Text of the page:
Transcript  list for the video The Incredible Experience vs Ice Age - part 2 by Rolf Witzsche - Ice Age Ahead (iaa)

Transcript list by scene for the video: 
The Incredible Experience vs Ice Age - part 2

 

 

- 1 - Two major types of stars have been discovered
- 2 - The low surface-temperature category
- 3 - The closest red dwarf in the stellar neighbourhood
- 4 - The red dwarf is surrounded by a cloud of atomic elements
- 5 - Of the category M type, at 4,000 degrees Kelvin
- 6 - The sunlight spectrum would be shifted to a lower profile
- 7 - The small size of the world population
- 8 - It is possible for seven billion people to live
- 9 - That the red-dwarf stars are inactive stars
- 10 - Stars are classed by luminance into 6 categories
- 11 - These lesser, still active stars, like our Sun
- 12 - Mainstream cosmology has no basis for recognizing inactive stars
- 13 - Our Sun would be a thousand times heavier
- 14 - The star UY Scuti, that is 1700-times larger
- 15 - Mainstream cosmology champions impossible paradoxes
- 16 - Force the stars in a galaxy to align themselves
- 17 - All the stars are deemed to be orbiting the galactic center
- 18 - The famous Hertzsprung-Russel Star-Data diagram
- 19 - Of the active stars, the star Sirius
- 20 - The star Fomalhaut
- 21 - Sirius is twice as large as the Sun
- 22 - The star Spica-A
- 23 - The progression breaks down
- 24 - The star, Arcturus is 25 times larger
- 25 - Alderbaran is 44 times larger in size than the Sun
- 26 - The progression in surface temperature by size is broken
- 27 - For the Sun, the high-density plasma compression
- 28 - For the stars Arcturus and Alderbaran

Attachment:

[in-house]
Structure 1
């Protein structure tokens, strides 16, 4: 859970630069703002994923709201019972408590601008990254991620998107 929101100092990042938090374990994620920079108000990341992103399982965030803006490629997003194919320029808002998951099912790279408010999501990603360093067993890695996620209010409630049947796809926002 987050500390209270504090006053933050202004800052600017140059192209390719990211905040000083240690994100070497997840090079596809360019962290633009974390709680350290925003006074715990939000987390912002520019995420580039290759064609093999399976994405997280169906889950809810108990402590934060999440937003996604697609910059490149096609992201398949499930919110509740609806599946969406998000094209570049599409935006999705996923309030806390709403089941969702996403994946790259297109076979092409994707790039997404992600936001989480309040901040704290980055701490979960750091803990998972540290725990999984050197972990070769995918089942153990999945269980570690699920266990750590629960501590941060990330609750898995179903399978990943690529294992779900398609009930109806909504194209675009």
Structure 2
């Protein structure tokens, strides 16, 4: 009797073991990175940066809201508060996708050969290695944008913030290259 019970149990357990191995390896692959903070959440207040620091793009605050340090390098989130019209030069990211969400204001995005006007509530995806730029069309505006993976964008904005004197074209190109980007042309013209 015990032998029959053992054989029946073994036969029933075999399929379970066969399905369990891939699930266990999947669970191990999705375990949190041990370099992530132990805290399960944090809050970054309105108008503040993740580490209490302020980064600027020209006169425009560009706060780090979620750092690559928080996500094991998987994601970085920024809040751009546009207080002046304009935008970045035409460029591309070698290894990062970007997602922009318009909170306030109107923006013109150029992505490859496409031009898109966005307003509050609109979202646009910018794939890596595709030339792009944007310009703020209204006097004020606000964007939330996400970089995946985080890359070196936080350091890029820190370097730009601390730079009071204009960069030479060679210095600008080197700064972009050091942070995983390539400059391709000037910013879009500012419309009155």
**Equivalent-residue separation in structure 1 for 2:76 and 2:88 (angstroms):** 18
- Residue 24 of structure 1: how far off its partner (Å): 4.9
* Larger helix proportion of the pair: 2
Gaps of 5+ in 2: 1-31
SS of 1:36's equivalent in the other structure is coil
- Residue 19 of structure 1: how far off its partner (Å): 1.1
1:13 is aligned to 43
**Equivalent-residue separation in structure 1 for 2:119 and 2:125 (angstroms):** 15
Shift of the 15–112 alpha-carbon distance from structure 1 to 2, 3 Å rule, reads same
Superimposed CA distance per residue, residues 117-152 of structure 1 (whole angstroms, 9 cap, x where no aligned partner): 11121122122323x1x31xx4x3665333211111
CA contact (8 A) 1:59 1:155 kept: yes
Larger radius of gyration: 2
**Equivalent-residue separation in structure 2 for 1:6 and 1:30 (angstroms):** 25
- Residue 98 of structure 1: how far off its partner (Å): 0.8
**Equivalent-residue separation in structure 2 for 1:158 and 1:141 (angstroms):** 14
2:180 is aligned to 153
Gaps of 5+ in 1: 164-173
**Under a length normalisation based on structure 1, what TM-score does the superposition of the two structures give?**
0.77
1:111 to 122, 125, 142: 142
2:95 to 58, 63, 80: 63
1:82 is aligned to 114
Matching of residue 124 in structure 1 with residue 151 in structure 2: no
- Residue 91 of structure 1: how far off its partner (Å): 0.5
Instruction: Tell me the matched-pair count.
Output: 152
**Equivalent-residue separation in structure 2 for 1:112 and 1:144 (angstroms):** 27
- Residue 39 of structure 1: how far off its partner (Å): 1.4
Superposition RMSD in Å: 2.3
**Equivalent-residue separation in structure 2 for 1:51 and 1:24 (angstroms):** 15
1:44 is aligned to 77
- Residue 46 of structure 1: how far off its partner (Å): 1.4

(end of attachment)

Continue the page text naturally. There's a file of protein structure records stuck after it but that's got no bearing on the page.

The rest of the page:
- 29 - It evidently takes a lot of plasma
- 30 - Plasma density may vary regionally across the galaxy
- 31 - The low surface temperature of Arcturus and Alderbaran
- 32 - Rigel is nearly 80-times larger than the Sun
- 33 - Blue stragglers
- 34 - The giant active star, Rigel, is of the B class
- 35 - Two examples of class-O stars
- 36 - The O-class star that has created the nebula
- 37 - Inactive stars in the range of 3,000 to 4,000 degrees
- 38 - The main star of the Antares system, Antares A
- 39 - Antares-A is 300 million kilometers in diameter
- 40 - The star Betelgeuse is of the same category
- 41 - An example for a star burning by nuclear fission
- 42 - When our own Sun goes inactive
- 43 - The Earth will not loose its Sun
- 44 - The hyper-giant star, UY Scuti
- 45 - The star Rigel may be at the border line
- 46 - When our Sun goes inactive
- 47 - Plasma-density in our galaxy has diminished
- 48 - Two-thirds along Antarctica froze up
- 49 - We will see the photosphere simply go dimmer
- 50 - Photograph of a very-small red-dwarf star
- 51 - A tangled network of a vast array of plasma streams
- 52 - When a star looses its connection
- 53 - The white-dwarf star stage
- 54 - The principle of orbiting stars
- 55 - The reason is inherent in plasma physics
- 56 - High-mass brown-dwarf star WISE1828
- 57 - Inherently low mass-density in atomic structures
- 58 - An atom is a dynamic structure
- 59 - An atom is 100,000 times larger than its parts
- 60 - When the electron density in the plasma is high
- 61 - A tiny star orbiting a large star
- 62 - Any size of star can be formed with plasma concentrations
- 63 - In plasma cosmology no miracle is required
- 64 - Surface area functions as a catalyst for interstellar plasma
- 65 - The principle also applies to our own star, the Sun
- 66 - The Sun's plasma shell is dense enough
- 67 - The resulting low-level default value
- 68 - Very large stars have lower default values
- 69 - It is enough for us to know that evidence tells
- 70 - What the Dansgaard Oeschger oscillations indicate
- 71 - Evidence supports the inactive stage

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Published by Cygni Communications Ltd. North Vancouver, BC, Canada - (C) in public domain - producer Rolf A. F. Witzsche